Agency NBS' 'Favelagrafia' Project Shows Another Side to Rio's Favelas
Recently, a truly striking photo was transformed into a hit across various social networks. The image shows five young men in a community in Rio de Janeiro, barefoot, with shirts covering their faces and musical instruments in their hands. With the caption "not everyone uses the same weapons," the image went viral and gained notoriety for being counter to so many pictures of heavily armed bandits, a stereotype of Rio’s favelas.
"My intention is to go against the grain of what reaches the newspapers. From an image reference that runs in the media, to change that impression that only war and violence happens in the communities,” explains Anderson Valentim, author of the photo and one of nine photographers who are part of the Favelagrafia project.
Created by NBS Rio+Rio, the social arm of the Brazilian advertising agency NBS, the Favelagrafia project has selected nine young talents in communities of Rio de Janeiro with the proposal to offer a new, never before seen look at the slums. The photographers received an iPhone and a photography workshop before they started their mission of photographing their daily lives, scenes that they come across, neighbours who share their routines, and more.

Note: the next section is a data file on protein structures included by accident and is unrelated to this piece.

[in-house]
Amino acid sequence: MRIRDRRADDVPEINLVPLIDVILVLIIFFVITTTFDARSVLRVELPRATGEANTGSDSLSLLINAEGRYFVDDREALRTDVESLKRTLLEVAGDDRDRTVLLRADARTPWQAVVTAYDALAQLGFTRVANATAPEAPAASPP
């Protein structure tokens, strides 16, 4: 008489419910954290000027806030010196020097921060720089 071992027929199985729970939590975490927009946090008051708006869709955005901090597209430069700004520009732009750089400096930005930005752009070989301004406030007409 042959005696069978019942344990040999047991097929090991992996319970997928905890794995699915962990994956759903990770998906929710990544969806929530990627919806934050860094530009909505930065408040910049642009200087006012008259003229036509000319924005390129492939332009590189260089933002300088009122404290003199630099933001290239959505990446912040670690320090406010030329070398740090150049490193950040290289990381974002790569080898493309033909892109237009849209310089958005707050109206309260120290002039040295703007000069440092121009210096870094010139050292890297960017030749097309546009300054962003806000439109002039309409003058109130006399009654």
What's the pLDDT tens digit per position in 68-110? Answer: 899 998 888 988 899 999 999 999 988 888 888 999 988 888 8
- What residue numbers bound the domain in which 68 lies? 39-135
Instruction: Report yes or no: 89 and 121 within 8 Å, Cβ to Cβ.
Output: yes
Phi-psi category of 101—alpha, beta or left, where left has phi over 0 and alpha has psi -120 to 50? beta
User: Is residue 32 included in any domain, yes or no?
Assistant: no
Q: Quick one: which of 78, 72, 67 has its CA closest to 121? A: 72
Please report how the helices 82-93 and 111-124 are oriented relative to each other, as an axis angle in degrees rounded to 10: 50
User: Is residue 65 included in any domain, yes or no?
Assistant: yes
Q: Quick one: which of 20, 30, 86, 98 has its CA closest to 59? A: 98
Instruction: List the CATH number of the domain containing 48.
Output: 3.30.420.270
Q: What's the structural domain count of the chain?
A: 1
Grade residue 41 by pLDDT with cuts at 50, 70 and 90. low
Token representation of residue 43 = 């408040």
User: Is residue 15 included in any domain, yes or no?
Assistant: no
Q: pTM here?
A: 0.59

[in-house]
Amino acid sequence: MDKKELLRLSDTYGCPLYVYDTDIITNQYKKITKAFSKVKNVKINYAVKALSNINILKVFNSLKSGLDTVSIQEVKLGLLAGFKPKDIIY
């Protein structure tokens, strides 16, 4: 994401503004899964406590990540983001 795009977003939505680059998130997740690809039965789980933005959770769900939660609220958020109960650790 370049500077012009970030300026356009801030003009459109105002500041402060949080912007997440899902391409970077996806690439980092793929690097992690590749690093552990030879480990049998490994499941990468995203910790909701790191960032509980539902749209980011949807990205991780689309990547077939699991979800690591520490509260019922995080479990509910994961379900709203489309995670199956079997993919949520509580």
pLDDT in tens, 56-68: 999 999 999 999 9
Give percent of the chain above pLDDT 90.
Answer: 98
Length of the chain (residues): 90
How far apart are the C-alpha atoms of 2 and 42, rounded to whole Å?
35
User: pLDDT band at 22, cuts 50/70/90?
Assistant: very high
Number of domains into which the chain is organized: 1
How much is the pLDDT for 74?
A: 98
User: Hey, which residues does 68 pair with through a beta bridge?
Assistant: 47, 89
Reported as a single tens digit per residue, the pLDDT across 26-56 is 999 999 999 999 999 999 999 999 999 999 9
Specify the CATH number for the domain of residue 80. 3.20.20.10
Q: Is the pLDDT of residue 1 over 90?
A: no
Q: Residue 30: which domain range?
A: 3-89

"The project arose from an annoyance that concerns the image of the slum. Almost always it's a stereotypical image, which involves references to drug traffic, to arms, to something dangerous. But the slums are much more than that. They are places full of talents, of beauty, of peculiarities. And only the slum dwellers have legitimacy to bring this new look to media,” says Aline Pimenta, director of NBS Rio+Rio.
The images produced by the project are shared through social networks accounts like Instagram and Facebook, and have successfully shown that violence is not the only thing present in Rio communities day by day. "What comes out of the hill is only bad things, but it only represents about 10% of what's out there. The other 90% are spectacular stories,” says Valentim.
In November, the Favelagrafia project will have an exhibition in an art gallery of Rio de Janeiro that will also launch with a book and a website. "After that, the project will continue to exist,” says Aline. "We will prepare the project photographers so that they can become a professional collective. The idea is that they can eventually work and support themselves with photography as a profession,” she concludes.
Creative Agency: NBS Brazil
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